College football: Bowling for mediocrity

Ford Field
Ford Field, site of the Quick Lane Bowl

By John Ruberry

One has to wonder if college football is headed to an every-participant-gets-a-ribbon level of competition. Not including the NCAA championship face-off, there will be a record 40 college bowl games this season, which means 63 percent of FBS programs will play in a bowl contest. And despite some of these teams fattening up against next-level-down teams in non-conference games, for instance Illinois clobbered Western Illinois 44-0, there aren’t enough teams with 6-6 records or better to fill all of these bowl slots.

Which means some 5-7 FBS teams–Illinois could be one of those squads–may still be graced with a bowl entry. At least two losers–and as many as five–will be bowl invitation winners. But another 5-7 Big 10 team, Nebraska, may have a leg up. The NCAA has a loser contingency plan–I’m sure they call it something more palatable–which rewards schools with the highest Academic Progress Rate. The Cornkuskers have the highest APR among the 5-7s.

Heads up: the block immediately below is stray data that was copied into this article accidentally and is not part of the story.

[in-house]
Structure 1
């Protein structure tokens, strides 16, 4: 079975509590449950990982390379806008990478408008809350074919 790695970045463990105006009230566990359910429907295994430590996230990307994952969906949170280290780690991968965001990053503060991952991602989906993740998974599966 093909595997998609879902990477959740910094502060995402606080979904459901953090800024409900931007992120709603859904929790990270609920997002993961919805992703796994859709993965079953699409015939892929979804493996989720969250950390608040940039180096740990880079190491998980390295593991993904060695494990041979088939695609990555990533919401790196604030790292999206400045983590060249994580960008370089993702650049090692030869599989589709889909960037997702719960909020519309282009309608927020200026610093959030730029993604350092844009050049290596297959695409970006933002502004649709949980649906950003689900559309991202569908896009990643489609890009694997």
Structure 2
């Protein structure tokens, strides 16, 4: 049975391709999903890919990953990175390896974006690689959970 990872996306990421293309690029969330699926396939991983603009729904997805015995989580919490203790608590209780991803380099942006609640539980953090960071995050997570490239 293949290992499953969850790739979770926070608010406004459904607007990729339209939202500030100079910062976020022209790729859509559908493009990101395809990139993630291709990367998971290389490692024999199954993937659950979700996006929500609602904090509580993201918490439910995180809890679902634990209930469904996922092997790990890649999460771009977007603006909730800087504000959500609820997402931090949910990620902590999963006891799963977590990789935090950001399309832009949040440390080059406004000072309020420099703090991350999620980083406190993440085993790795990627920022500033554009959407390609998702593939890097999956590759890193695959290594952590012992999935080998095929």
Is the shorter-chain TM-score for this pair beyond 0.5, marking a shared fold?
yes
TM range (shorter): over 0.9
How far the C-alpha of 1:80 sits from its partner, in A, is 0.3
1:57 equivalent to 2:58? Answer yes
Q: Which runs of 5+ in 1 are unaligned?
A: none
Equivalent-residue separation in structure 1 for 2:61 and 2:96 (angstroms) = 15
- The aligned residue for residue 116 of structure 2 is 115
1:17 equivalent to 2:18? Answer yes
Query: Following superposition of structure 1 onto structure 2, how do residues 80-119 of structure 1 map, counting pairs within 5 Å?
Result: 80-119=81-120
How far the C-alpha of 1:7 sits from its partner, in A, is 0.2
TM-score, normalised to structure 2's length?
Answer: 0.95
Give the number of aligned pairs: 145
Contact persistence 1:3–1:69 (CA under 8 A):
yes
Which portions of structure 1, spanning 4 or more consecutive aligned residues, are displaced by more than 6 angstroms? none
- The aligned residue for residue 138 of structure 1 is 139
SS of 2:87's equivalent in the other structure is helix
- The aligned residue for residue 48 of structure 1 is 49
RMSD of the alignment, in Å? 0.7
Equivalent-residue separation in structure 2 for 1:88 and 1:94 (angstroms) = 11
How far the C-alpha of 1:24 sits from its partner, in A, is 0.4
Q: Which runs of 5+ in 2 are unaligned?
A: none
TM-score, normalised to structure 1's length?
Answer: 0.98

Hey, studying finally counts for something in college sports! That’s an improvement. On the other hand, Nebraska’s fans are intensely loyal and even a Cornhusker team with a losing record makes them an attraction for a low-level bowl. Follow the money.

And what about the games themselves? Let’s take a look at Detroit’s Quick Lane Bowl, which will be played at Ford Field on December 28. It has tie-ins with the Big 10 and the Atlantic Coast Conference. But because there are not enough B1G or ACC bowl-eligible teams, Campus Insiders projects that another Big 10 loser, Minnesota. will face off against Central Michigan of the Mid American Conference. The Chippewas are 7-5–good for them.

NCAA football: Where you can be a winner and a loser at the same time.

John Ruberry regularly blogs at Marathon Pundit.